Even when she attended medical school, at the same university her father had worked, she had kept her internal contract and driven two to three hours a day to sit at their spot in the woods. She was thrilled when, after graduation, she had been offered a position as her home districts medical officer, covering three sparsely populated counties on the Canadian border. The only condition she’d insisted upon and been granted, was being off-call between five and seven every evening.

She waited and waited and waited some more. Thousands of images had passed through her hungry mind. She knew when it happened it would fill the void, the pit in her heart that had been filled with despair over her father’s long absence. She knew it was the only sane thing that could give her peace. She couldn’t pretend, imagine or dream it into being. The large black moose had to be real. Its reality would let her know her Daddy wasn’t dead. It would confirm her belief in medicine, in science, in living. Its existence would bring order to chaos.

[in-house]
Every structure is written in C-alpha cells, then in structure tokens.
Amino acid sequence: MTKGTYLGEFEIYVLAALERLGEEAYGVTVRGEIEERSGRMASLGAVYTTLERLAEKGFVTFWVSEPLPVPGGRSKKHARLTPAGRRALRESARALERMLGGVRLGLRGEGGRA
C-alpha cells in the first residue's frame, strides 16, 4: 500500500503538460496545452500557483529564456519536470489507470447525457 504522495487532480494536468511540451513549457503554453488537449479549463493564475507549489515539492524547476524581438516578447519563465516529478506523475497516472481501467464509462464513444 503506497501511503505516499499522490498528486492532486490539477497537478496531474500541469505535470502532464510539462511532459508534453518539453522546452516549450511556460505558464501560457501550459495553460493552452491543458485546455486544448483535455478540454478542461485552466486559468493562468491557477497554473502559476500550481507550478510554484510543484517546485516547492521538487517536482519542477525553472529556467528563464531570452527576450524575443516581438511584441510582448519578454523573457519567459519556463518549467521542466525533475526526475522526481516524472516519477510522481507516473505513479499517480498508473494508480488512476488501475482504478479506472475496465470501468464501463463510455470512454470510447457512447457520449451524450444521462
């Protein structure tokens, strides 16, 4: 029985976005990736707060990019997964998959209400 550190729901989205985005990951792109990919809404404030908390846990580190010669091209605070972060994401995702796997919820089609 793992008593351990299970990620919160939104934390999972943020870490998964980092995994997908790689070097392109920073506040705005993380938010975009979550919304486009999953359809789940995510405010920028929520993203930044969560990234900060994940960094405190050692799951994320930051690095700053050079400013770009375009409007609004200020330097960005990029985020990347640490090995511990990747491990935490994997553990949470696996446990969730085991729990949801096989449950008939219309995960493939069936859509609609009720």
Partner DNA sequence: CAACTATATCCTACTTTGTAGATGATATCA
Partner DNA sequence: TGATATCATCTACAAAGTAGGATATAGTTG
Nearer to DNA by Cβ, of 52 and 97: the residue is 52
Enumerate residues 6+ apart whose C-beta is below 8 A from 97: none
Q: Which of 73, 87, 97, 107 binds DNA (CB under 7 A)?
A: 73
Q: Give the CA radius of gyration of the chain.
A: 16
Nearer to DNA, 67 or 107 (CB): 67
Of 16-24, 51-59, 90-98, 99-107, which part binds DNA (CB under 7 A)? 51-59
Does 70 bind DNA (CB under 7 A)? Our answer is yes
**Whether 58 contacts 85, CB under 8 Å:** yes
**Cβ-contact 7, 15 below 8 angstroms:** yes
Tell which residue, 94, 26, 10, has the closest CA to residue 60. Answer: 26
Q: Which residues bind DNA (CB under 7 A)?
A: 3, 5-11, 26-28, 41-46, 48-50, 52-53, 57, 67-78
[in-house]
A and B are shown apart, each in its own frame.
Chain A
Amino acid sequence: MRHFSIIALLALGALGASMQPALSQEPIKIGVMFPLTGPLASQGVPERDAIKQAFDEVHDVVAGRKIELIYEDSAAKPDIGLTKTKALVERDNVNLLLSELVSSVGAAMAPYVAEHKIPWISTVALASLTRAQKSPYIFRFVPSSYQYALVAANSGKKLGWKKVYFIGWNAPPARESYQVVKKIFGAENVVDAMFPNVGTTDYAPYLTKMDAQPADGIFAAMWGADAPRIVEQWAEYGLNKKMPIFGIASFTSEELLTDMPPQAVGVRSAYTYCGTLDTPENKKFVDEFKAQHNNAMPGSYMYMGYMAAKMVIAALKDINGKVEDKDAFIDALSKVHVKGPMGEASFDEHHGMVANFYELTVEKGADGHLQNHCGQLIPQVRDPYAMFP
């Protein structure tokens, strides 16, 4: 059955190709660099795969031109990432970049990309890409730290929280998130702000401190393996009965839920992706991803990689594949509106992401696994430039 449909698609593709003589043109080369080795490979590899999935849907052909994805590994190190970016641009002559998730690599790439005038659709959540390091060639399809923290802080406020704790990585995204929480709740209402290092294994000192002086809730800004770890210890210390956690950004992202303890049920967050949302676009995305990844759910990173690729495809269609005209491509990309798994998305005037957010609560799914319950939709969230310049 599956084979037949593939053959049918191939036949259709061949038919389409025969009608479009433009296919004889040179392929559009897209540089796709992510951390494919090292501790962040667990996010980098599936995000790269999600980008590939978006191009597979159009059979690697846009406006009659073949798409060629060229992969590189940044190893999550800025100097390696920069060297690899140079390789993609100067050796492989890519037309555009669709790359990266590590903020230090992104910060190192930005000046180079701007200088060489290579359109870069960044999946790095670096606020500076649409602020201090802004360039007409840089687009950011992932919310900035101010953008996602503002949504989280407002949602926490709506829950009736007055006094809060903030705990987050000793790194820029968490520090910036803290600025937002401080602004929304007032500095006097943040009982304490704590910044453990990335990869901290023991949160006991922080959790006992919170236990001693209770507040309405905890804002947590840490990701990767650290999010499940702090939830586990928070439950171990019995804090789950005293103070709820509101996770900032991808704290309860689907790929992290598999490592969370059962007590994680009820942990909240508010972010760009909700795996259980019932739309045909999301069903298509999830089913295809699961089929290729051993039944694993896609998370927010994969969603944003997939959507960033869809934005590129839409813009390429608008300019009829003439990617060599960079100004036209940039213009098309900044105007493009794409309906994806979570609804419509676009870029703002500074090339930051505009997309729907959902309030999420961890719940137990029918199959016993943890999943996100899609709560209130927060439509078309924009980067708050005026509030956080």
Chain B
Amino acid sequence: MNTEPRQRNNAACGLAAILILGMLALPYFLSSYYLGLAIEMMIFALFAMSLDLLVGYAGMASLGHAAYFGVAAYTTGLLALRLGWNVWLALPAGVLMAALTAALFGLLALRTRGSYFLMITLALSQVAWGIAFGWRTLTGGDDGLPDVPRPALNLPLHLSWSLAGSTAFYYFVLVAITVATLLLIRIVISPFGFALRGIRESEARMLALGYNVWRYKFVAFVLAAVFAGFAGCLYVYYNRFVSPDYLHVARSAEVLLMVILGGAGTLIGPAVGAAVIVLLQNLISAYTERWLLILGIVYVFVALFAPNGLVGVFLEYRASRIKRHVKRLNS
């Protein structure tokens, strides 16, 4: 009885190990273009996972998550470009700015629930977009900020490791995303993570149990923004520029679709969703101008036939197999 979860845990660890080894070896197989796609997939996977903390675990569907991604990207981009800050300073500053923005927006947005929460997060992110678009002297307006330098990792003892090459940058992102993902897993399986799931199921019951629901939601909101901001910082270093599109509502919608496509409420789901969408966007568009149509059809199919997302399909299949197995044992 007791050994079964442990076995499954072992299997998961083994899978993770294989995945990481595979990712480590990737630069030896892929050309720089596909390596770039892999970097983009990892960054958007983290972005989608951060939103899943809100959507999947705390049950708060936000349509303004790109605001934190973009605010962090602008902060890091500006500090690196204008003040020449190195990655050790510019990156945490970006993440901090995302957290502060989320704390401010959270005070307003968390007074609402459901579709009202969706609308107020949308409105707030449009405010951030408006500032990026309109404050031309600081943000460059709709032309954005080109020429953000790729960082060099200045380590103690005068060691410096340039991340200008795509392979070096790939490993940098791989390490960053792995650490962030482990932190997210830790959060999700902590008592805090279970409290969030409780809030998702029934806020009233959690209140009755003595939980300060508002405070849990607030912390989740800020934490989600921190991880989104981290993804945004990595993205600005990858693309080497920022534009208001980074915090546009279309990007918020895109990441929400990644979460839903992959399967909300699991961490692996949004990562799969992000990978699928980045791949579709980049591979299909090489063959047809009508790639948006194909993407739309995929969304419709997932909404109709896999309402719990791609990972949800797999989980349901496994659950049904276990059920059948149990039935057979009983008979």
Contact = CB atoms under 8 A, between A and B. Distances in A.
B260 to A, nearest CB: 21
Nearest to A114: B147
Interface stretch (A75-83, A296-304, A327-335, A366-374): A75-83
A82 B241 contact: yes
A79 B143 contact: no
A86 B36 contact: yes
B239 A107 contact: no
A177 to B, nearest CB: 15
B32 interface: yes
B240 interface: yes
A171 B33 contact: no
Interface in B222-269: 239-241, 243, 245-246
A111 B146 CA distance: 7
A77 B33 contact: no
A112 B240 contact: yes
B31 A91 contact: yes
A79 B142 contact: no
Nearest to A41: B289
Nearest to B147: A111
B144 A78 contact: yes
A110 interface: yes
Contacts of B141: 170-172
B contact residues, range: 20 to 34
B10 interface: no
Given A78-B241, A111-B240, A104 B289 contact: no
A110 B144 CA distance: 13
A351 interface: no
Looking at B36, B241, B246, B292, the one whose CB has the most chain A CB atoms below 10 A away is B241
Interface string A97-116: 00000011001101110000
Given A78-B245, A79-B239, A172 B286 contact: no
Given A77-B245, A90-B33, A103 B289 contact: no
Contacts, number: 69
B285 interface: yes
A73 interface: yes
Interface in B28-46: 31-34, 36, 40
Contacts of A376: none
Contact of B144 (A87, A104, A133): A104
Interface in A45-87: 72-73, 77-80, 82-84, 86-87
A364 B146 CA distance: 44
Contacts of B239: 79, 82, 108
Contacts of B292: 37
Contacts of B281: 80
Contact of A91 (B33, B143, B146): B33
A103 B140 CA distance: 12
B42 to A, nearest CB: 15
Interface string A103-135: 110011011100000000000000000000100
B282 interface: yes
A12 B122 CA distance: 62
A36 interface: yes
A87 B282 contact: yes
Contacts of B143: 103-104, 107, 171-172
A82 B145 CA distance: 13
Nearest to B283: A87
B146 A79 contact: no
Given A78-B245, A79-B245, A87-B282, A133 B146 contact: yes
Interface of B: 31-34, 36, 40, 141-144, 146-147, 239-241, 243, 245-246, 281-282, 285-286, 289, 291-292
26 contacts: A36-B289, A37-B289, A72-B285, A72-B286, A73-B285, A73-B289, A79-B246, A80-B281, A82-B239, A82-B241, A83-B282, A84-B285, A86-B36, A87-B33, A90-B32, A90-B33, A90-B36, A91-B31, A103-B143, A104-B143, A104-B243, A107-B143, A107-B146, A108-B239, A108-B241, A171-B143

She had seen every shade of brown and tan; mothers, fathers, siblings and babes. She had watched several generations come and go, heard their mating calls and crashing clashes as they fought over the women of their species. But in the twenty-four years since her father’s death Stephanie had never seen a large pitch-black figure like the one her father had witnessed as a boy.

Winter had arrived early. Soft white freshly fallen snow covered what she now considered “her” meadow. The sun had gone down early. Her hands felt like ice cubes stuck inside a freezer. She rubbed them together under her father’s down jacket. Her heavy-duty flashlight stood on its end next to her aching knee. She silently stretched her legs and slowly refolded them, years of practice and patient persistence guiding them effortlessly back into position.

She heard branches snapping and loud snorting immediately to her left. She grabbed her flashlight and anxiously waited until the footsteps subsided. She flicked on the head lamp. Her hand shook as she found the silhouette of the towering Bull Moose against the white snow. Her heart leapt into her throat. The sudden gasp for air burned her lungs. The mammal with pitch-black fur raised its head, looked knowingly into her eyes and winked.